Marie’s husband, Tom Heavy Runner, along with his father Jack, worked with us over one winter, then returned to ranching. At some point he was Methodist. If you google his name, you’ll find Marie’s short statement about Thomas, who was an officer in WWII in Germany, describing the discovery of the concentration and death camps and its effect on him. He was a reserved and gentle man. The last time I saw him, after diabetes had caused the amputation of his foot, it was with Marie in their home. She was a good housekeeper, also a quiet person. I taught his son, who goes by “Tiny Man,” and also his grandson, Josh. Neither of them is quiet.
Marie’s death is being investigated by the FBI, which means everything has gone down a bureaucratic black hole. The short version is that she was recently found with her throat cut, wrapped in plastic and stuffed to the back of the crawl space under the house, possibly the house I visited. She had been dead since summer. A “gang” was inhabiting of the house. I do not know the names of those people but they were arrested. The FBI is famous around here for never solving cases. I hope this turns out differently but, as is notorious enough to be worked into the scripts of cop shows, they send all the screwups to Montana. (Actually, the region is supervised from Salt Lake City. None of them want to live in tough back country.)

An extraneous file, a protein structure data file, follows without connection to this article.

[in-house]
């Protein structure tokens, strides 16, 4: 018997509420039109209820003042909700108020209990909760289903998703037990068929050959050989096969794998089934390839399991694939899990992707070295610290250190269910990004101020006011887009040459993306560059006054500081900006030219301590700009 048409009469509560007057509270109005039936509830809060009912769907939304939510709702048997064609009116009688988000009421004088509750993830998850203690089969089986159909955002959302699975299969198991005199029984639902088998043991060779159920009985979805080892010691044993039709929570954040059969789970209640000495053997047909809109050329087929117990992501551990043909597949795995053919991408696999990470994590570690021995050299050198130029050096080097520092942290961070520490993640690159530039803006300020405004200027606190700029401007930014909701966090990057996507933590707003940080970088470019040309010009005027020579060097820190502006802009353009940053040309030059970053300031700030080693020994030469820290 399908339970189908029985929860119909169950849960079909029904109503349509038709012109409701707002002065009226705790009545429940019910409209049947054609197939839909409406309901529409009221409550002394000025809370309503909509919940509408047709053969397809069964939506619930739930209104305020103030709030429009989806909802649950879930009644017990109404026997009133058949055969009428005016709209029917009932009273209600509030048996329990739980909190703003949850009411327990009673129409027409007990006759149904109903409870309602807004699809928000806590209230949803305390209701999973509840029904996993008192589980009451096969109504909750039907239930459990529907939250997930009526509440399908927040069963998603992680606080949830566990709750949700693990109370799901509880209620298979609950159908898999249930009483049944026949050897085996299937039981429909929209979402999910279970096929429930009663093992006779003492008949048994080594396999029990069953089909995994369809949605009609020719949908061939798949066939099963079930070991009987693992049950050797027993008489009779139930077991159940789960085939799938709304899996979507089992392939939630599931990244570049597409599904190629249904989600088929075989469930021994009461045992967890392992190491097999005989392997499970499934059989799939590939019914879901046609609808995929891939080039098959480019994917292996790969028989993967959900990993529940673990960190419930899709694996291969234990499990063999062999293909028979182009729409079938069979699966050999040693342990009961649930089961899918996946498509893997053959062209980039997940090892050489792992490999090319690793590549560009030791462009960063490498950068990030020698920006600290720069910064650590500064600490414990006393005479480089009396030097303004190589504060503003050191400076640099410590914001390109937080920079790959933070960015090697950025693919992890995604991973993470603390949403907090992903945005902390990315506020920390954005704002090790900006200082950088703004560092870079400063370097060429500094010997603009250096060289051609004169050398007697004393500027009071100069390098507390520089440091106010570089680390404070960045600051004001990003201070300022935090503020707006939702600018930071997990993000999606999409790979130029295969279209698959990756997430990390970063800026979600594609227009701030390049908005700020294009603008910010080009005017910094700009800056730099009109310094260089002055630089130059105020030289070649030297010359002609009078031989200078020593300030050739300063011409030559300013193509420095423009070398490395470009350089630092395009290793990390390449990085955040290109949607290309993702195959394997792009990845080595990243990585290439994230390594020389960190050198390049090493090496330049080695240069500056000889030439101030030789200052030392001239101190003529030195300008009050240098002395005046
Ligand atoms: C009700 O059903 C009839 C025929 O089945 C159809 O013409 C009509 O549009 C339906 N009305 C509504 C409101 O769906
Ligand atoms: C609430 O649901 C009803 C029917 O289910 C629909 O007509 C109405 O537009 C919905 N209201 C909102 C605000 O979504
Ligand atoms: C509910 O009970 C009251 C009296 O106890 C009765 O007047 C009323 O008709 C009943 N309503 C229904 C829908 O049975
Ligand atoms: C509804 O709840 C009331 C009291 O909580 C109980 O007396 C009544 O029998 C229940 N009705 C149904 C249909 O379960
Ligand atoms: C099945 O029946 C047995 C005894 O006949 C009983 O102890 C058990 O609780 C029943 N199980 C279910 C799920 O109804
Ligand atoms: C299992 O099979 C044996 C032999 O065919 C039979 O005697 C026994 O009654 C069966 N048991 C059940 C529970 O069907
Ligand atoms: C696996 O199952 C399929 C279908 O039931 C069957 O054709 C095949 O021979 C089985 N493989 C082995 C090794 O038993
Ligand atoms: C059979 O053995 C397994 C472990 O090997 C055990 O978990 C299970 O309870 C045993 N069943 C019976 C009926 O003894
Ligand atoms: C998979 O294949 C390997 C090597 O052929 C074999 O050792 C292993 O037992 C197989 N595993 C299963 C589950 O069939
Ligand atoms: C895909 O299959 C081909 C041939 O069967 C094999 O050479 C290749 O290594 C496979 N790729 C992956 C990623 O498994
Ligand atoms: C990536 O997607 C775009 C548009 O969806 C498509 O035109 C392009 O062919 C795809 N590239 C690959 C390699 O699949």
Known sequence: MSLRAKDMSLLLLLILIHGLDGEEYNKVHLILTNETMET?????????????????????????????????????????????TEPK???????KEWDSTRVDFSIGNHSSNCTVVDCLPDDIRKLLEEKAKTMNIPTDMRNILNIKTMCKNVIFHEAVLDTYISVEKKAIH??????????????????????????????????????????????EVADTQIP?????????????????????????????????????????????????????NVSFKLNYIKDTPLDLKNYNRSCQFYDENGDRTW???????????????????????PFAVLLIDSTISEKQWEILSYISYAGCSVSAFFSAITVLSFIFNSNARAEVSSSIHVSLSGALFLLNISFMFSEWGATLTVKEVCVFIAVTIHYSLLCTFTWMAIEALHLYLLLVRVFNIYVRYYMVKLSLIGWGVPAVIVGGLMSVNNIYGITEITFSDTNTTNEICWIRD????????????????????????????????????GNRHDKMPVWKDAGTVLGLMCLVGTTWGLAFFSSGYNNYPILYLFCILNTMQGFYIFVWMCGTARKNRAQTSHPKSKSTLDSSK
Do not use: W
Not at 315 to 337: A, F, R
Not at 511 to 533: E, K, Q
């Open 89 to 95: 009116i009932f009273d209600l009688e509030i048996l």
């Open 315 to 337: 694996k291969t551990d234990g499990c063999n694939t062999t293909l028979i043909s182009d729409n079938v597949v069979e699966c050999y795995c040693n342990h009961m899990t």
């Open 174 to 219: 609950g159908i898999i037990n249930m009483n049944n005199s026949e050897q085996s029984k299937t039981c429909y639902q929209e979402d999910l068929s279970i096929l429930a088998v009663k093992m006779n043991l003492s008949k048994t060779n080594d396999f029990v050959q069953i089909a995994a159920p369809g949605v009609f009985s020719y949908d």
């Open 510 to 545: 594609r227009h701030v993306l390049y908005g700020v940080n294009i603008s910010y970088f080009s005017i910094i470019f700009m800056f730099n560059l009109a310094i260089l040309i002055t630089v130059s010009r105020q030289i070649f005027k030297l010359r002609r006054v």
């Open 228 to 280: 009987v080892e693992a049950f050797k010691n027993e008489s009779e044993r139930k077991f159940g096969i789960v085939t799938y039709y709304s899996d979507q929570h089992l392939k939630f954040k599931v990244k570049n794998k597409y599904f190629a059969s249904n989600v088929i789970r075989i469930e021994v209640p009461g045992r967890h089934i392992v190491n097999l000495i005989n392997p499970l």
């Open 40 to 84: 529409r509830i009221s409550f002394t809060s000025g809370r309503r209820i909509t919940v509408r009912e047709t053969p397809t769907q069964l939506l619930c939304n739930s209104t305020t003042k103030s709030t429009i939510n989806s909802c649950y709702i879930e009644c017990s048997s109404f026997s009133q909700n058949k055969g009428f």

Jody is the daughter of Webb Pepion, famous artist, and the niece of Eloise Pepion Cobell (but she doesn’t mention that). Jody lists Susan Heavy Runner as one of the strong people who put her feet on the right path, that of militant and searching resistance to domination, the path of empowerment. I urge you to read it without judging, without reacting, just letting it blast through you like the emotional wind tunnel it is. It is the counterforce to rez violence, the FBI and a lot else besides.
This thesis is the difference between Susan and Marie. It is the fierce sense of justice that was in the little kid who was Kathy Bremner as I knew her. It’s a start but it is not enough. We all need more. I say “all.”
One of my most vivid memories is driving up Highway 89 and passing Webb Pepion’s ranch at the turn-off for Heart Butte. The homesite and studio are up on a hill and I was startled to see that people on that hill were flying kites! Not just children’s kites, but big elaborate ones. Maybe the group included Jody and Susan. Normally the wind around here is much too torrential for kites. They fly, all right, and then shred, rip the string out of your hands, and are never seen again. But if you pick your time, you can find the wind milder, sweeter, more sustaining. It’s not that there’s a big seasonal shift, but more that there are intervals you have to pay close attention to recognize. It was such a joyful image.
Hurricane-force winds have shred and “disappear” people. We all have to pick our stance. Mine is attentiveness. And then I write it all down. I’m not necessarily wanted on the rez just now, but there’s plenty to do in Valier. Keeping a card file is only one thing.
(Cover Photo: 70 kites on a single line! by Rona Proudfoot)